Biocrude production via supercritical hydrothermal co-liquefaction of spent mushroom compost and aspen wood sawdust

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The work investigates a new potential feedstock source for hydrothermal liquefaction (HTL) driven biocrude production. Specifically, the focus is set on utilizing spent mushroom compost (SMC), the primary waste by-product from mushroom farming. It is considered as a feedstock for HTL conversion due to its organic nature (e.g. straw, horse manure and sphagnum) and ample availability with an annual production of over 3.4 million metric tonnes, globally. Locally acquired samples were analyzed and converted hydrothermally. A biocrude yield of 48% on dry ash-free (DAF) basis was obtained but it was accompanied by a solid fraction (organics and inorganics) of 50% on dry basis, considered to be critically high in a continuous HTL context. Acid leaching (citric acid) of the SMC and co-liquefaction (with aspen wood (AW)) was investigated as means to decrease the solid fraction. Whereas the SMC leaching showed to be ineffective, co-liquefaction showed potential. The solid fraction could be reduced to half (24.5%) by mixing SMC:AW in a 1:3 mass ratio.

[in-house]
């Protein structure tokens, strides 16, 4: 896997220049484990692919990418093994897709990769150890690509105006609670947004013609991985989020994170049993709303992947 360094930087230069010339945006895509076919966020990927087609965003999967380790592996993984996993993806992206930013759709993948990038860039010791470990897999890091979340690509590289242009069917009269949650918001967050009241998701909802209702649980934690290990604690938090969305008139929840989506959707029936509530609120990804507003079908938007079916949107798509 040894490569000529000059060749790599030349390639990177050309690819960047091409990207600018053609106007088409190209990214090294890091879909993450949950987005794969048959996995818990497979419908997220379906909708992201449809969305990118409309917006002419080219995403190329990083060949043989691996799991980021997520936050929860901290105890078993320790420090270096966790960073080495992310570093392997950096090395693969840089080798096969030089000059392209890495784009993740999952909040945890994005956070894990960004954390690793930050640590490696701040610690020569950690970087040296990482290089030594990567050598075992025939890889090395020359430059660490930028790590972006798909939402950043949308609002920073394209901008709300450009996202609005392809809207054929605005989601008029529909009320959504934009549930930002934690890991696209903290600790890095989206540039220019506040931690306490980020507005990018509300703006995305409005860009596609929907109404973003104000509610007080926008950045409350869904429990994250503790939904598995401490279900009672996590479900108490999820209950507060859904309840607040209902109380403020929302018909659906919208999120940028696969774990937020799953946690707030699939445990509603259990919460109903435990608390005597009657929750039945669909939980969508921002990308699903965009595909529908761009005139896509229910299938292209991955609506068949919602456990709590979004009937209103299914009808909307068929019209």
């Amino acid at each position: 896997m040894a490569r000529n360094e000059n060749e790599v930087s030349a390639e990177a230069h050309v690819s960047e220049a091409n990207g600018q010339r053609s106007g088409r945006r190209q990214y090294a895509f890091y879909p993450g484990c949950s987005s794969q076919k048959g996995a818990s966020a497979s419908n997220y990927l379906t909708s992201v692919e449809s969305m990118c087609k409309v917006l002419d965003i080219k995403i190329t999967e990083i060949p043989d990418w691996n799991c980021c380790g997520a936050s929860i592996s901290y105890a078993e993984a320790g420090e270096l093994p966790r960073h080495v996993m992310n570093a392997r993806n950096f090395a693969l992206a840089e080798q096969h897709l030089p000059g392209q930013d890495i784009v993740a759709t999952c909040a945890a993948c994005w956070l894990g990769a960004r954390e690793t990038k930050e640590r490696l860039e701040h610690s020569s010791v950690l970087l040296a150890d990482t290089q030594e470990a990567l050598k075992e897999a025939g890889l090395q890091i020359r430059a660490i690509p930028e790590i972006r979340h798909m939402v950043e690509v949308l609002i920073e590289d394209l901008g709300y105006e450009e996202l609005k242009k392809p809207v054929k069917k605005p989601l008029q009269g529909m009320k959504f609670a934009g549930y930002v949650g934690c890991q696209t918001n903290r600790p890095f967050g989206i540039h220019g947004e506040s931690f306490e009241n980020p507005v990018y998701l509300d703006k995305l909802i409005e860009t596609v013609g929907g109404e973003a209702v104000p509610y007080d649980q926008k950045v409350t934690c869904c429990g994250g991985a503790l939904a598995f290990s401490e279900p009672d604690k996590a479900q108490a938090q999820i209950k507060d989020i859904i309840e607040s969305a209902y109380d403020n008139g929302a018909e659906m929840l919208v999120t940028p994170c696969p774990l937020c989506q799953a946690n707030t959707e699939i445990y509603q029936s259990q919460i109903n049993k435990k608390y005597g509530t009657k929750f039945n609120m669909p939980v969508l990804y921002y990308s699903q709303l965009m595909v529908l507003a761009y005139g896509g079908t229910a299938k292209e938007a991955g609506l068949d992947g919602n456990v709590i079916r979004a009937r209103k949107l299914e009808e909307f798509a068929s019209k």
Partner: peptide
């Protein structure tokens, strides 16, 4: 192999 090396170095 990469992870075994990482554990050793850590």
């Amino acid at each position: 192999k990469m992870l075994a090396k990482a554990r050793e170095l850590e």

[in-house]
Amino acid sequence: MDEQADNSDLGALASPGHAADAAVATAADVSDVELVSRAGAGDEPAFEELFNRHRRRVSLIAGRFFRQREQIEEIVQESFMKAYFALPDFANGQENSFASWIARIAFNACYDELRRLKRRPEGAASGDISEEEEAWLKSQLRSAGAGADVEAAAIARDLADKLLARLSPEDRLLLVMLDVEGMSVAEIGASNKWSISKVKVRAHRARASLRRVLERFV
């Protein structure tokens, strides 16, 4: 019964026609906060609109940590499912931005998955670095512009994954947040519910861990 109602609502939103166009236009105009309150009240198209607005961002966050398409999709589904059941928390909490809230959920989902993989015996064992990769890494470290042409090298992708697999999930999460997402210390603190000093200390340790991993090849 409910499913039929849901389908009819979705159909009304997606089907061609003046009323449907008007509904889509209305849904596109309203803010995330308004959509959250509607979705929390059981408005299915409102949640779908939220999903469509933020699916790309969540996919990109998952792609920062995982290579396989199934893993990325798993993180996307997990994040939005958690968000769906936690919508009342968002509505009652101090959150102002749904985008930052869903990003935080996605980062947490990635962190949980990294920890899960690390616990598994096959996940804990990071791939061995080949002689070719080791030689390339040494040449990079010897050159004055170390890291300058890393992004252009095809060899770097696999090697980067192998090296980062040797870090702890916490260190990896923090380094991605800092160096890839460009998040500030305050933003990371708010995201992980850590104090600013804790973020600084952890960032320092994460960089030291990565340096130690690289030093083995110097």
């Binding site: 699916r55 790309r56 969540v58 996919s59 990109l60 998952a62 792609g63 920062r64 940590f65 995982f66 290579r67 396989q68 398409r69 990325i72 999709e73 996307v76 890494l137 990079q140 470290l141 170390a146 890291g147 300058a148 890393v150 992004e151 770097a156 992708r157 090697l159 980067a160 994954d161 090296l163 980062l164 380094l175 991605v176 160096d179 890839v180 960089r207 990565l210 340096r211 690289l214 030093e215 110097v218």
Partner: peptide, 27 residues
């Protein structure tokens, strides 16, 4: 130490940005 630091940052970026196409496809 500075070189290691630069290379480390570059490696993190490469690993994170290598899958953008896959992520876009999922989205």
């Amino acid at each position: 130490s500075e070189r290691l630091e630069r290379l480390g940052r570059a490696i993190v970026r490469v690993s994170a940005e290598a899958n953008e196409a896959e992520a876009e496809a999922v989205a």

Original languageEnglish
JournalRenewable Energy
Pages (from-to)392–398
Number of pages7
Publication statusPublished - Oct 2017



  • Thermochemical conversion
  • Agricultural residue
  • Biofuel
  • Waste utilisation
  • Demineralisation
  • Biomass

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